Alpha: The amount by which a fund has outperformed its benchmark, taking into account the fund’s exposure to market risk (as measured by Beta). Alpha is also known as the residual return.
Annual Management Charge (AMC): A fee, usually expressed as a percentage, charged by the investment manager to cover the costs of running the fund. It is deducted from the fund’s net assets.
Benchmark: An index against which a fund measures its performance. Funds typically compare their performance against indices such as the FTSE 100 or the S&P 500.
Bond: A debt issued by a company or the government. During the life of the bond, the bondholder receives regular interest payments based on the coupon (interest) rate. On maturity, the debt is repaid. Certain exceptions apply, such as zero-coupon bonds, which provide no interest payments but are issued at a discount.
Bond Funds: A portfolio which invests mainly in bonds with the aim of providing a steady stream of income to investors. The value of bond funds tends to be inversely linked to interest rate changes.
Diversification: Spreading risk by investing in assets with different characteristics. For instance, an individual might invest in a combination of bonds, property and shares. Or shares-based funds might invest in a variety of countries or market sectors. Investors can also diversify by investing in a range of different types of funds.
Dividend: An after-tax distribution of a company’s or fund’s profits to shareholders, normally specified in pence per share in Britain. Dividends are usually paid twice a year: interim and final.
Exchange-Traded Funds: ETFs are hybrid instruments combining aspects of investments trusts and unit trusts and offering many of the benefits of both. They trade like shares on the London Stock Exchange. They mimic stock market indices and are passively managed just like an index fund.
Fixed Income Funds: A fund which invests primarily in bonds. Its assets can include corporate debt, government debt or a combination of the two.
Fund: A portfolio of assets such as bonds or shares.
Equity: A fund investing primarily in shares. It can be based on any number of investment strategies.
Gilts: A UK government-issued bond. Because a gilt is guaranteed by the government, it is generally one of the safest investments in the UK.
Inflation: The level at which wages and prices increase over a certain period of time, usually a year. In the UK, this is measured by the Retail Price Index (RPI) and the Index of National Average Earnings (NAE).
ISIN: Stands for International Securities Identification Number (ISIN). A coding system used to distinguish securities.
Liquidity: A measure of how easy it is to buy and sell shares without notably moving the share price.
Open-Ended Investment Companies (OEICs): Similar to unit trusts, but established as companies that issue shares to investors. Often, OEICs are made up of a series of sub-funds. Each sub-fund has its own investment objective. The value of each sub-fund, each share price, is usually calculated on a daily basis.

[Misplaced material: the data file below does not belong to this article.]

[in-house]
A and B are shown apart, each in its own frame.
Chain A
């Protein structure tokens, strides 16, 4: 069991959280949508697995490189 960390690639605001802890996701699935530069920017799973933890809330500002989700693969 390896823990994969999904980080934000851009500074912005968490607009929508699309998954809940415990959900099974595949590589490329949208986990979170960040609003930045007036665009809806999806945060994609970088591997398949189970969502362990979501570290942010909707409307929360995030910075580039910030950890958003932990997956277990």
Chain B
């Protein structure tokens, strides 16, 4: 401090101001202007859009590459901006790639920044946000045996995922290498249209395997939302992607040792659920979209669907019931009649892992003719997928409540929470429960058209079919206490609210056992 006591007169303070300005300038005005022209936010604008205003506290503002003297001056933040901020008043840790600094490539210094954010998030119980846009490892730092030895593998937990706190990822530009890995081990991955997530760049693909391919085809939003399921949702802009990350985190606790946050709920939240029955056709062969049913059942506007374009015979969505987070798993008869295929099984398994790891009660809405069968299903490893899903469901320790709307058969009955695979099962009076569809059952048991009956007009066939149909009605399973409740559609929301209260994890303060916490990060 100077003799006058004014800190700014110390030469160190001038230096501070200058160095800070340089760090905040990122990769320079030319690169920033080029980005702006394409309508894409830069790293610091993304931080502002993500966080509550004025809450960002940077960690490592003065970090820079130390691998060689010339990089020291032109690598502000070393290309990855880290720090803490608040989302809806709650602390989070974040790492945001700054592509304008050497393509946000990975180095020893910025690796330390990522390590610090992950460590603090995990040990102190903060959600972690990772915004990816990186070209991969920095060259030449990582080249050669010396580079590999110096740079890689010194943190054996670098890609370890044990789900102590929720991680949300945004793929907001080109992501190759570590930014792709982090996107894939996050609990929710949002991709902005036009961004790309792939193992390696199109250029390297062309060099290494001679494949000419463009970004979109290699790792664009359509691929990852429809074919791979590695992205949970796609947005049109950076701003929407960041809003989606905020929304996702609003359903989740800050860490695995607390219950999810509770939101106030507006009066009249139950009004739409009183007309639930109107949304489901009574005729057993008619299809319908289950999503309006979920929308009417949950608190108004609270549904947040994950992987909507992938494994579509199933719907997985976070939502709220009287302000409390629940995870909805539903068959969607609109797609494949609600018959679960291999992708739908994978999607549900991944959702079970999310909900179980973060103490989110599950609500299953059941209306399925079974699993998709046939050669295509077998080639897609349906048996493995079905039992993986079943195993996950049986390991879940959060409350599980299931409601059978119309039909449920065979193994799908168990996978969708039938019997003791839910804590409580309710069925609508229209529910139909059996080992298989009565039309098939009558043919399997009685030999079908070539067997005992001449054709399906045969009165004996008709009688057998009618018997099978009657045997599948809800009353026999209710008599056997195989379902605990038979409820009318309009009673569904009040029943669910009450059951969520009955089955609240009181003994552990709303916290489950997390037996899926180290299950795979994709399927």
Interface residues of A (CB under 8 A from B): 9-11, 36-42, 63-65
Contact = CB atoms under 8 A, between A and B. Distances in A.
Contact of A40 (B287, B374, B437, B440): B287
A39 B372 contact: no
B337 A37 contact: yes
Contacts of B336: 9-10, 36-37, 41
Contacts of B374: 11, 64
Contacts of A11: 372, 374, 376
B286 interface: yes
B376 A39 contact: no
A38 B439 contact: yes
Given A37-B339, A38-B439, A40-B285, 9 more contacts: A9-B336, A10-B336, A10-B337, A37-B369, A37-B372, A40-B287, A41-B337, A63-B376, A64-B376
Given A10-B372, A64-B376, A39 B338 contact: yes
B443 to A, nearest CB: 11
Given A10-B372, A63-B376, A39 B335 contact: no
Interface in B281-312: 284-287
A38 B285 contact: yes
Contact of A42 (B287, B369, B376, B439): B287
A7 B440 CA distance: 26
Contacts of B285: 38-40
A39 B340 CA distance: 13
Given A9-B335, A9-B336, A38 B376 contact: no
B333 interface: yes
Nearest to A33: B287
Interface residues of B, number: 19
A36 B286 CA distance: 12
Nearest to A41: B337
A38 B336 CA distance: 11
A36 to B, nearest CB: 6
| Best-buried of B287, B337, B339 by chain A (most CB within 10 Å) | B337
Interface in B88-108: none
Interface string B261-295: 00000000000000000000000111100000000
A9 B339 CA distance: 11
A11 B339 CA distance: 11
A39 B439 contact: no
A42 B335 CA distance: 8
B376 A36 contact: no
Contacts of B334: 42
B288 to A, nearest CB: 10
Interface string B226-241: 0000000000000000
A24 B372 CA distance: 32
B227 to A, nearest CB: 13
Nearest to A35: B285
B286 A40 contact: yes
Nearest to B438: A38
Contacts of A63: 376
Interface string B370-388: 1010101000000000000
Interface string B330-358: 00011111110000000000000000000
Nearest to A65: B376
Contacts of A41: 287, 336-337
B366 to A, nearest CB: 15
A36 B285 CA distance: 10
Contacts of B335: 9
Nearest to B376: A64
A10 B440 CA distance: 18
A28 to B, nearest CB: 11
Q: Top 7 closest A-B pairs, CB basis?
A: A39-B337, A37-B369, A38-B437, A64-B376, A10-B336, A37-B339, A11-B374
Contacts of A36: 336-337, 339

Passive Funds: Another name for funds which track market indices such as the FTSE 100 or the S&P 500. Also called index funds and tracker funds.
Portfolio: A holding of investment funds. A balanced portfolio is made up of a number of different types of assets, such as cash, shares, corporate bonds and property.
Retail Price Index (RPI): A measure of inflation. This index tracks a basket of goods and services, such as clothing, food, household goods and medical care, purchased by an average consumer.
Risk: All investments and funds have risk factors. Some have higher overall risk ratings than others. Higher-risk investment funds offer the potential for higher returns, but carry with them an increased risk of not getting back all the money you initially invested. The lowest-risk type of investment is cash.
Risk Profile: A measure of how risk-averse an investor is. Investors are risk-profiled to determine what securities will best fit their investment goals.
Total Expense Ratio (TER): Sum of all expenses for the financial year, consisting of management fees, performance fees, directors’ fees, administration fees, custody fees, audit fees, marketing fees and all other expenses. We then calculate the average monthly gross assets. We then divide the total expenses by the average monthly total assets and multiply by 100 to arrive at this ratio. This is applied predominantly to funds and the expenses charged to them.
Unit Trust: One of the most common forms of investment funds used by retail investors. Increasingly they are being replaced by open-ended investment companies (OEICs, see above).
Volatility: The observed price movement of an asset. Standard deviation is the most widely used measure of volatility. Volatility and standard deviation are generally considered to be a measure of risk.
Yield: The rate of return, expressed as a percentage, paid on an investment — in the form of dividends for stocks and funds or the coupon rate for bonds. Yield should not be confused with total return.